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without the disease. The relation of an attribute (e.g.,
immunization) to the disease is examined by comparing the diseased
and nondiseased groups with regard to how frequently the attribute
is present, or if quantitative, the levels of the attribute, in
each of the groups.
Cohort study. (Syn: prospective, follow-up study). A
study in which subsets of a defined population can be identified
who are, have been, or in the future may be exposed or not exposed,
or exposed in different degrees, to a factor or factors
hypothesized to influence the probability of occurrence of a given
disease (adverse event) or other outcome. The essential feature of
the cohort design is observation of the population for a sufficient
length of time to generate reliable incidence or mortality
Controlled study. Controlled studies are studies that use
a comparison group that differs from the subjects of the study in
either disease experience (outcome) or allocation to a regimen
(exposure). Allocation to a regimen can be random, as in a
randomized clinical trial or study, or nonrandom, as in an
observational cohort study or a case-control study.
DPT vaccine. See Vaccine, DPT v.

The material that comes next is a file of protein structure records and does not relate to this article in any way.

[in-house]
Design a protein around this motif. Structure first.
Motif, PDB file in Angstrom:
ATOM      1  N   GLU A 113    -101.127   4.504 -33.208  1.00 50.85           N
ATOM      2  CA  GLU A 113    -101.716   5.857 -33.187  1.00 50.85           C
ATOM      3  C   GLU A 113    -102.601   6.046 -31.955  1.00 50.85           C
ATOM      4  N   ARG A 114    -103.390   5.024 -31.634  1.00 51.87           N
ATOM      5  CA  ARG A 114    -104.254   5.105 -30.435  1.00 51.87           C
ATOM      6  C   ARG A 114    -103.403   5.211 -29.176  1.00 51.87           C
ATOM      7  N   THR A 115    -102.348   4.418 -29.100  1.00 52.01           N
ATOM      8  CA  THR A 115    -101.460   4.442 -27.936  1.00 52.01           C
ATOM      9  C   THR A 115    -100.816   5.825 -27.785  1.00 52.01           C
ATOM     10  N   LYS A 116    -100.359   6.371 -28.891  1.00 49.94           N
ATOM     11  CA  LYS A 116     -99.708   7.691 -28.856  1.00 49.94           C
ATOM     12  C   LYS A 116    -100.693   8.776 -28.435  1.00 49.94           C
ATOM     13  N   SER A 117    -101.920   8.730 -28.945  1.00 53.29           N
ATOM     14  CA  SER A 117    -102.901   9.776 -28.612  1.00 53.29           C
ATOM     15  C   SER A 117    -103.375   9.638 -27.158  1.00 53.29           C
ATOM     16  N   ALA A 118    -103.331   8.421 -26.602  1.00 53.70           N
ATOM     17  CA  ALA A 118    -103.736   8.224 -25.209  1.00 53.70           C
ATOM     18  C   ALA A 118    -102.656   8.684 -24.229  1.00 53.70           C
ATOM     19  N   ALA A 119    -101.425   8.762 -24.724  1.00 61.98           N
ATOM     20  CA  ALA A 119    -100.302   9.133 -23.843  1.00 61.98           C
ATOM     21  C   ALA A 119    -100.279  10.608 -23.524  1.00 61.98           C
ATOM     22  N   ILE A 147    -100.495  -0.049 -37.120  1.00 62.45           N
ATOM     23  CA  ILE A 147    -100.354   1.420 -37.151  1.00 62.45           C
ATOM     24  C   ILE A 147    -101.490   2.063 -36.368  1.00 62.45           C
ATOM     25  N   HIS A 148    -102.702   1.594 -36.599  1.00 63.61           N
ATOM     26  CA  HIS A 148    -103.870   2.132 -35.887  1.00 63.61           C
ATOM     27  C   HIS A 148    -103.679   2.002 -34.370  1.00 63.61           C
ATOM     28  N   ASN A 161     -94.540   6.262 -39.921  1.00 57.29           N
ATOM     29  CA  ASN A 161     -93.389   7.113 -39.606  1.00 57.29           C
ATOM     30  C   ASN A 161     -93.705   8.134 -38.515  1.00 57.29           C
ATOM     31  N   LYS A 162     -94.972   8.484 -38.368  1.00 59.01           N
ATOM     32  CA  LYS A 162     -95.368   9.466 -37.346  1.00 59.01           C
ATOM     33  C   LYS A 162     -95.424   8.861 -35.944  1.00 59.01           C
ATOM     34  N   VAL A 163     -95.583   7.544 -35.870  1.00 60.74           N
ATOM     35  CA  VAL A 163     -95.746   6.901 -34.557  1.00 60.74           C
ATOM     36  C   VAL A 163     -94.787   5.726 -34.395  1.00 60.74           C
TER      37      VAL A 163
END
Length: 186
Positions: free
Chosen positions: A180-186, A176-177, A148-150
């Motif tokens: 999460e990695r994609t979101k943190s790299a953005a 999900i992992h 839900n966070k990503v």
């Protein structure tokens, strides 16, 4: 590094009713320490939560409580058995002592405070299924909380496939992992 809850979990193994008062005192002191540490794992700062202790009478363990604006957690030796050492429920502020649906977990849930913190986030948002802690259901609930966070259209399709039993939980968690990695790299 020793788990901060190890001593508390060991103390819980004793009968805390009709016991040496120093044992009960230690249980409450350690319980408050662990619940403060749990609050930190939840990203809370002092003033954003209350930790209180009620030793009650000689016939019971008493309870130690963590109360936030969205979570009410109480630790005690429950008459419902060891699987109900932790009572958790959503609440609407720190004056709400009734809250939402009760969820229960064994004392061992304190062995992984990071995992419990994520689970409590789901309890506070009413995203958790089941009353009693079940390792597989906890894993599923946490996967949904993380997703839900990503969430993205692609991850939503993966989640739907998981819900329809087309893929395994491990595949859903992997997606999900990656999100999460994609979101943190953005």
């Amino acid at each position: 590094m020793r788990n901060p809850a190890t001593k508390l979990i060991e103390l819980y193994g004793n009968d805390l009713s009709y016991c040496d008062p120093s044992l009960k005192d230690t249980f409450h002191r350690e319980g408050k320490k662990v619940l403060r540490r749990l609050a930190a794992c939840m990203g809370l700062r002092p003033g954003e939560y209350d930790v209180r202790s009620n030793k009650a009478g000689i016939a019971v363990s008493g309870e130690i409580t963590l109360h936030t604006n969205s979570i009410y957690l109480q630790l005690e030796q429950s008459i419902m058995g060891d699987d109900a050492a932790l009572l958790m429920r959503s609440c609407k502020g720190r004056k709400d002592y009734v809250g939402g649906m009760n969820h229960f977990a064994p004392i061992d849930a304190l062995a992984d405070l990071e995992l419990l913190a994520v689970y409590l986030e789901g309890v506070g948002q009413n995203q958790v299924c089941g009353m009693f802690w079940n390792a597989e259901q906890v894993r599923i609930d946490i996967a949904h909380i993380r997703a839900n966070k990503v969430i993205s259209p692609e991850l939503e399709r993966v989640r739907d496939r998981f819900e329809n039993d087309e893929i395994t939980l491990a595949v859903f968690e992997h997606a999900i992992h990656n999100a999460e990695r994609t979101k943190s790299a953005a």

DTP vaccine. See Vaccine, DTP v.
Encephalopathy. Refers to a variety of conditions
affecting the brain resulting in alterations in the level of
consciousness, ranging from stupor to coma. At times, febrile
seizures, afebrile seizures, and epilepsy have been considered
components of encephalopathy (see Chapter 4).
Erythema multiforme. An inflammatory eruption
characterized by symmetrical erythematous, edematous, or bullous
lesions of the skin or mucous membranes.
Experimental study. A study in which a population is
selected for a planned trial of a regimen (e.g, immunization) whose
effects are measured by comparing the outcome of the regimen in the
experimental group with the outcome of another regimen in a control
group. Allocation of individuals to experimental or control groups
is ideally by randomization.
Guillain-Barrè syndrome. An acute, usually rapidly
progressive form of polyneuropathy characterized by muscular
weakness and mild distal sensory loss.
Hemolytic anemia. Anemia caused by lysis of red blood
cells, which leads